2. Next, think of your drawings as diagrams instead of as definitive works of art. Diagrams can be drawn quickly and capture lots of info.
  3. Draw fast. Draw a lot. Similarly to the last point this takes pressure off your drawing. In reality, if you just keep your pencil moving and you keep looking at your subject then you are succeeding. You are learning. That is what nature journaling is all about.
  4. Fourth, don’t get obsessed with details. Many amphibians and especially reptiles are covered in complex patterns and textures. Trying to capture these details from a moving animal will drive you crazy. Instead, try to capture gesture drawings of the basic shapes and essence of the animal.

    nature journaling reptiles at the san francisco zoo where they have a komodo dragon, the largest living lizard in the world. I use many quick sketches to try to capture the essence of this reptile as I try to draw it live. It was moving a lot. I added the color afterwards to the drawing.
    I kept my pen moving as I tried to capture the shapes of this komodo dragon as it kept moving. I added the color afterwards.
  5. Break your subject up and focus on small parts at a time. For example try just drawing the eye over and over again.
nature journaling reptiles is easier when you try to focus on small parts at a time. You can draw just they lizard eye over and over again for example.
Nature Journal Page of Polychrus marmoratus aka monkey lizard
The Reptiles we nature journaled in this episode
  • The Russian Tortoise was the first reptile we nature journaled in this episode.
  • Rachael took out her big adult gopher snake next! This one was moving slightly less than the tortoise but presented other challenges.
  • We looked at her Crested Gecko next! This animal was super fun and kept licking its eyeball and jumping onto the camera!
  • Then it was finally time for an amphibian with a “Dumpy Frog.”
  • Last but not least we nature journaled a legless lizard!

Learn more about Rachael’s animals and learn from her entertaining posts on her instagram

Do you live in the Orange County area of California? I suggest you check out Rachaels in-person classes or bring her to your school, library, etc! Kids love them! Learn more here.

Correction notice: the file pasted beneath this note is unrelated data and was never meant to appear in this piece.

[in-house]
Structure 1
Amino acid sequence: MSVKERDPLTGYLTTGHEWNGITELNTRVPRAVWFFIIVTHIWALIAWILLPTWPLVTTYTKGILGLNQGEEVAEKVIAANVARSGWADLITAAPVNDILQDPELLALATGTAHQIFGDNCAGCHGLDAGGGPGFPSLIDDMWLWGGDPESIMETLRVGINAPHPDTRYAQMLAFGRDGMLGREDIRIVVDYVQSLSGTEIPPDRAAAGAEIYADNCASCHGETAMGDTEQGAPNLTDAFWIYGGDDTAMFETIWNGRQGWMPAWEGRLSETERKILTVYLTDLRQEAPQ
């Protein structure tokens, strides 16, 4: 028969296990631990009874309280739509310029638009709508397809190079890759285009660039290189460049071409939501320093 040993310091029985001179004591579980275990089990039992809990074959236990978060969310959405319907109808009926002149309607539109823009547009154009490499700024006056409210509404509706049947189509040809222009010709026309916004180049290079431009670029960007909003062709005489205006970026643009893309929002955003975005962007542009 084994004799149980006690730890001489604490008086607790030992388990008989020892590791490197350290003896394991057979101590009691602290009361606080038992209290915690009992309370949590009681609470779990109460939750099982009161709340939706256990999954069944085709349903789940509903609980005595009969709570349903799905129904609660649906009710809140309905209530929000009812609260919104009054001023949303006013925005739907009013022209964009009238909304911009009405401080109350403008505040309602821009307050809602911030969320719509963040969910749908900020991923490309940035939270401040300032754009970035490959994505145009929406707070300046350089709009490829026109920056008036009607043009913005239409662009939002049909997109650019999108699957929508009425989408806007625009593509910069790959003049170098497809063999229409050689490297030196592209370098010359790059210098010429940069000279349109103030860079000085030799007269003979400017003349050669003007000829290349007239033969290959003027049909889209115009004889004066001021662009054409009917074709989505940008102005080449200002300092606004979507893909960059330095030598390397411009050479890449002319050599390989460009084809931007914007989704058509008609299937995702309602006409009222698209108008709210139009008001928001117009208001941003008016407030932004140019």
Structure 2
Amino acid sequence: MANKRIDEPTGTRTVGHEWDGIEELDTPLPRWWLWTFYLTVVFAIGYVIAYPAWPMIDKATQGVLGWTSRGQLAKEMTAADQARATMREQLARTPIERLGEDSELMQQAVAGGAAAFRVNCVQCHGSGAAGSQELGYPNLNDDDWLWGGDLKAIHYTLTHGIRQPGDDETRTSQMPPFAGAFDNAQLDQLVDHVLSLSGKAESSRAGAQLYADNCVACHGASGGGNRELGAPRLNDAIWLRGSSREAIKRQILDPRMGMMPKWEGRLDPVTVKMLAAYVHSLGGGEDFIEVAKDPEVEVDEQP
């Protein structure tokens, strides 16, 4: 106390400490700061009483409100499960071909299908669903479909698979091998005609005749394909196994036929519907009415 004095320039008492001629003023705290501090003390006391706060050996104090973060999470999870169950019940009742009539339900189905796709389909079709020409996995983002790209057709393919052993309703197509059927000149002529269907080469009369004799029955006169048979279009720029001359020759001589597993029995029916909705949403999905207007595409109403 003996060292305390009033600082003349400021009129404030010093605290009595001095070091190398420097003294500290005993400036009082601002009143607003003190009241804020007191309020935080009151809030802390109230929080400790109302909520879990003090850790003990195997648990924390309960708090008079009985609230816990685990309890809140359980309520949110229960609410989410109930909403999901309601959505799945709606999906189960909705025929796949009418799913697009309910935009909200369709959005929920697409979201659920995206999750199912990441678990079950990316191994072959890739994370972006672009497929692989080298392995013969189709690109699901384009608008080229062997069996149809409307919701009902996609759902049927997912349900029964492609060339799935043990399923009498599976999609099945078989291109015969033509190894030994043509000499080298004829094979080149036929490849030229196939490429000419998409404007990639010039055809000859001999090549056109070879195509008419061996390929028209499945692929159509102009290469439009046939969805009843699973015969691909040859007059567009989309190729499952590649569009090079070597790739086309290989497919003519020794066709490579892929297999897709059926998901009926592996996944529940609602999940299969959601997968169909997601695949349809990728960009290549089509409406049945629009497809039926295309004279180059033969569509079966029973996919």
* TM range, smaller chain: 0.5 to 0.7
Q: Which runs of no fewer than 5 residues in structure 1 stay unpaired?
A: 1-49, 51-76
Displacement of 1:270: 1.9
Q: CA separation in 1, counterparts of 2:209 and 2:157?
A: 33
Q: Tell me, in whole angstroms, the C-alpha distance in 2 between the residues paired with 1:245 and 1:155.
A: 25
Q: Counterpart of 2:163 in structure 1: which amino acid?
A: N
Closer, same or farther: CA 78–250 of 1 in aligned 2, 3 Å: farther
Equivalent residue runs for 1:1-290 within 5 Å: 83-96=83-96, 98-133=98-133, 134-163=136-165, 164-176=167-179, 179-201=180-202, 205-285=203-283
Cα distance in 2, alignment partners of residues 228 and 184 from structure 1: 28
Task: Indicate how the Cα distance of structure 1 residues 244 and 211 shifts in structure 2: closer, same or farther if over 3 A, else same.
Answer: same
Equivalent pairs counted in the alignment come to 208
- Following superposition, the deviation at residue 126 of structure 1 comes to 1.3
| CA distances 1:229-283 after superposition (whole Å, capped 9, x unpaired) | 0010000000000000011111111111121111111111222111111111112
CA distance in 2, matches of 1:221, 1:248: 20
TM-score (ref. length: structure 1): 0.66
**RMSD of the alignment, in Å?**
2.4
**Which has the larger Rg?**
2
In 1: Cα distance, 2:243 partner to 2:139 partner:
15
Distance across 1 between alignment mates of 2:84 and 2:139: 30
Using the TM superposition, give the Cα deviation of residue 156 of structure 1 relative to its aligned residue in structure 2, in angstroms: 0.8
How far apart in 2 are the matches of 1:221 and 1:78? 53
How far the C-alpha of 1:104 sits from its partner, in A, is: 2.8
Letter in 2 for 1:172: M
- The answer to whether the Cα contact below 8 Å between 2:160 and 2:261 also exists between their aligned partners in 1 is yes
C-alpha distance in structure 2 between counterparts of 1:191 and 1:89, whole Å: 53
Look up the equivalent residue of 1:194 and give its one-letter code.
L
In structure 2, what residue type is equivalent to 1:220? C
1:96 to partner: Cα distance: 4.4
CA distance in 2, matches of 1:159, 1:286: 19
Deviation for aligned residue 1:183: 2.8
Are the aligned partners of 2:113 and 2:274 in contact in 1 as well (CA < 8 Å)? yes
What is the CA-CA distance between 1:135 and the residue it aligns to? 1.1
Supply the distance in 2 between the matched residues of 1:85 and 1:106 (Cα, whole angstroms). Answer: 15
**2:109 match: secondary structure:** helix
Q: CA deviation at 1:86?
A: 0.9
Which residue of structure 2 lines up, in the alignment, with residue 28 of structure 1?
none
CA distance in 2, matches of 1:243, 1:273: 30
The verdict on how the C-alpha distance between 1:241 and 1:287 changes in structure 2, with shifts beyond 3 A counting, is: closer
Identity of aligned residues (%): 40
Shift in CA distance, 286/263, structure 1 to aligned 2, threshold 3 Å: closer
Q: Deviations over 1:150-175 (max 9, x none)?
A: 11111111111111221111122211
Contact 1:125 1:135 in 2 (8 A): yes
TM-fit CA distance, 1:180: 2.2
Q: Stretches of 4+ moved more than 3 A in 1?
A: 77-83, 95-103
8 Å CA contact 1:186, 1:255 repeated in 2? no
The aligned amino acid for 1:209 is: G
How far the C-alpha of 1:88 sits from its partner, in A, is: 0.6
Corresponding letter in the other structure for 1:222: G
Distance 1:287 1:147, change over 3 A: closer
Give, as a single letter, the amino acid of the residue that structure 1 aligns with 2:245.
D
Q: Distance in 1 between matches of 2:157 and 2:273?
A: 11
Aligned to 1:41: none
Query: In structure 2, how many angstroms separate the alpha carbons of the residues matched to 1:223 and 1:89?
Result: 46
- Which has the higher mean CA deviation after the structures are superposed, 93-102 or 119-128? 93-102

nature journaling reptiles and how to draw reptiles with doodlebugs animal adventures

If you are just getting started with nature journaling check out this post : How to Nature Journal in 10 Steps

Need help choosing nature journaling supplies? Check out Nature Journaling Supplies: What You Need and What You Do Not

Here are some more example pages of nature journaling reptiles in other situations
example page of nature journaling reptiles looking at a live lizard and doing many sketches trying to capture the head shape of this Uranoscodon superciliosus aka mophead iguana.
Nature journal page drawings of a Uranoscodon superciliosus aka mophead iguana. This species was not moving much but I still used some of the same tactics outlined above.
nature journaling reptiles example page showing snake drawings I did from life of captive amazonian puffing snake
Part of a nature journal page showing sketches of puffing snake heads. You can see how I added details to some of the gesture sketches. Despite the fact that this snake was not moving much I still used the same tactics mentioned for how to draw moving reptiles.
nature journaling rattlesnake juvenile in the field.
Here is a page where the reptile was not moving much but I still had a short amount of time to nature journal because it was a field-herping trip. You can see that I separate my drawings, focusing on different elements of the rattlesnake in different micro-drawings. I do several small drawings of the head. I do a side view of the pattern and I even do a drawing showing the snake on a rock and my friend’s hand offering it water.

The Polychrus, Uranascodon, and Amazonian Puffing snake were all nature journaled in the reptile room of my friend Roy. You can check out his herpetoculture practice and species in his care on instagram here. If you are interested in nature journaling reptiles it is a good option to find people who raise reptiles and ask to visit their reptile room. Another option is to go to reptile shows or herpetology clubs.

Intertidal Zone Nature Journaling

What do you like to do during the low tide?  If you’re like Marley Peifer, you might enjoy going to the rocky shore, doing some nature journaling of the intertidal zone, and maybe even harvesting dinner!  Join Marley as he explores the intertidal zone.

Tidepools are a dynamic place to visit, changing rapidly with the ocean and weather.  Marley is quick to note the high “information density”: 

“The main intellectual challenge in nature journaling at the tidepools is: there is so much information density, so many things to look at, so many potential subjects to choose from, that your main challenge is going to be focusing!”

Marley nature journaling intertidal zone
Marley surrounded by mussels nature journaling the low tide
Safety is #1.